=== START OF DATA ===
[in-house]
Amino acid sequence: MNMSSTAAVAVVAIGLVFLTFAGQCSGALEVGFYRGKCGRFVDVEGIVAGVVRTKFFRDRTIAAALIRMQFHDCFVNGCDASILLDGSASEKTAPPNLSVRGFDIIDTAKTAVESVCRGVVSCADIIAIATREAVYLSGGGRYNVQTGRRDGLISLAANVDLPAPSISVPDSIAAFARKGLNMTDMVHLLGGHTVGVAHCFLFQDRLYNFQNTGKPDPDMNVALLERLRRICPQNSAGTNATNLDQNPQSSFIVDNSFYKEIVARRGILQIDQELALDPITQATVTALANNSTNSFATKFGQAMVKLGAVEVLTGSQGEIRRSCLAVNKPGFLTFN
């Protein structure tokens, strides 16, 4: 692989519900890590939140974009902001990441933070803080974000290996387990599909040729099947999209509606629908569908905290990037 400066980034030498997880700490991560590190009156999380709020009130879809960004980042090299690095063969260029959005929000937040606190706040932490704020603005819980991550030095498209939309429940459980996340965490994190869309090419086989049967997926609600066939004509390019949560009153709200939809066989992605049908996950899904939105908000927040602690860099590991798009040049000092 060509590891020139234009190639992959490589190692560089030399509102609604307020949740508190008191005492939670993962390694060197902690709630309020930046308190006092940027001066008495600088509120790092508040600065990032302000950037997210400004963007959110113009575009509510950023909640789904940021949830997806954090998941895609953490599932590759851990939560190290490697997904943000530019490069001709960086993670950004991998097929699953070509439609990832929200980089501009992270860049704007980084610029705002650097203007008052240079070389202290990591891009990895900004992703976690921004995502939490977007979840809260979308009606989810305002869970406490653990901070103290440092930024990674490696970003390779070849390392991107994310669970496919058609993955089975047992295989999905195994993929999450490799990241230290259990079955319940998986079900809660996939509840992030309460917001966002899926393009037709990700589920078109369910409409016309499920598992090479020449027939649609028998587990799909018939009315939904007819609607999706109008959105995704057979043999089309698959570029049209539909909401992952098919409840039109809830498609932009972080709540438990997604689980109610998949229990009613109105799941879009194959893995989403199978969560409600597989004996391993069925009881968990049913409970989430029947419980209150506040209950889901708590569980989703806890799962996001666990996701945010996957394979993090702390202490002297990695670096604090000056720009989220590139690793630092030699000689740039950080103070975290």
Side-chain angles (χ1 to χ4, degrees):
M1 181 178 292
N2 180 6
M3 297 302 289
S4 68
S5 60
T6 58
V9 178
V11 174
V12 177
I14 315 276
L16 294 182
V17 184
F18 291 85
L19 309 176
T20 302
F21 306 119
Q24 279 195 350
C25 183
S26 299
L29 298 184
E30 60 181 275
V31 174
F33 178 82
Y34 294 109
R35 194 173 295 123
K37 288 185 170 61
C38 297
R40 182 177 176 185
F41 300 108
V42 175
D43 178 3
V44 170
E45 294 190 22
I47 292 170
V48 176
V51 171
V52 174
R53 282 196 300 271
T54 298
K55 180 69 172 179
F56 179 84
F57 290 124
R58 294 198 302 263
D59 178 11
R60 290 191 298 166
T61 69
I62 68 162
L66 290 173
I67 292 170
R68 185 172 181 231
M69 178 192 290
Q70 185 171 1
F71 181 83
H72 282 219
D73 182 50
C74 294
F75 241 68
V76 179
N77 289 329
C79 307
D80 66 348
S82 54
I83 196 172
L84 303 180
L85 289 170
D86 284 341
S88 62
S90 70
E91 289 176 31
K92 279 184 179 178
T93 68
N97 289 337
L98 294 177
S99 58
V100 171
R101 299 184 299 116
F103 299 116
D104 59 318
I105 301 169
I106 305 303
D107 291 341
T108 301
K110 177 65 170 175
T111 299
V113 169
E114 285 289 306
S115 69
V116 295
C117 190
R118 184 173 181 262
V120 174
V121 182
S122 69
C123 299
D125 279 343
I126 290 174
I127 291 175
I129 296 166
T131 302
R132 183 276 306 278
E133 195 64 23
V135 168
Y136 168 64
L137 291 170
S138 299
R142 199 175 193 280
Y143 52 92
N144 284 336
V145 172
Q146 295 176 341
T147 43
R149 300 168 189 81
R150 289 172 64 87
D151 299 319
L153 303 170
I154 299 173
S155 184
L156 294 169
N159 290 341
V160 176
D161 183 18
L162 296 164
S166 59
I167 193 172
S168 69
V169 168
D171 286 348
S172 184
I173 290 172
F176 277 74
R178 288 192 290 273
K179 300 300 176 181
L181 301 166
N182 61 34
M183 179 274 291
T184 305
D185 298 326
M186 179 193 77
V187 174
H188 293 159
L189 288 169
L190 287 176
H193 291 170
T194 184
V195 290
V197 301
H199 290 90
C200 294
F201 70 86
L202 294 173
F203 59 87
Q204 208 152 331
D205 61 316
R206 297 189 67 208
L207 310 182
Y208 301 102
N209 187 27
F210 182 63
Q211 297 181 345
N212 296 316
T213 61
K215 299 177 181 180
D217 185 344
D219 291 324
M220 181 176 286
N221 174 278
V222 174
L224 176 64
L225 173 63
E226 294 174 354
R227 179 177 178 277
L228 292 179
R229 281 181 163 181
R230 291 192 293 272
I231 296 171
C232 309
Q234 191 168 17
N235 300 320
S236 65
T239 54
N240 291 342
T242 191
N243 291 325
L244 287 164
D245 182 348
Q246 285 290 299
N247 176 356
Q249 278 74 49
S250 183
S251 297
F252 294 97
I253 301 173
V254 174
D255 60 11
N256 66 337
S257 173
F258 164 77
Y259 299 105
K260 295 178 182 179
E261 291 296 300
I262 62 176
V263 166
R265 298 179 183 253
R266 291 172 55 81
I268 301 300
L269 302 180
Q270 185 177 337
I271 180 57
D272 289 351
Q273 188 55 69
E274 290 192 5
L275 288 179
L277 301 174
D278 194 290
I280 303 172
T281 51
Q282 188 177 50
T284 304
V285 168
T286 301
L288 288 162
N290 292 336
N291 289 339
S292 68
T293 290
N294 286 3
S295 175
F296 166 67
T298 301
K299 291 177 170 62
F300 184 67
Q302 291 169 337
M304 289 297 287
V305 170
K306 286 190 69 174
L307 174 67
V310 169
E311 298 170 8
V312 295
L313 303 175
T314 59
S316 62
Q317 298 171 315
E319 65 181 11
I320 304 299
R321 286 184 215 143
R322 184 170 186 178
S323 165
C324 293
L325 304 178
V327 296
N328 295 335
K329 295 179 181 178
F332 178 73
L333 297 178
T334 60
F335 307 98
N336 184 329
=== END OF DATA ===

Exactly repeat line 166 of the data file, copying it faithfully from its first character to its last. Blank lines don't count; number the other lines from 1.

K215 299 177 181 180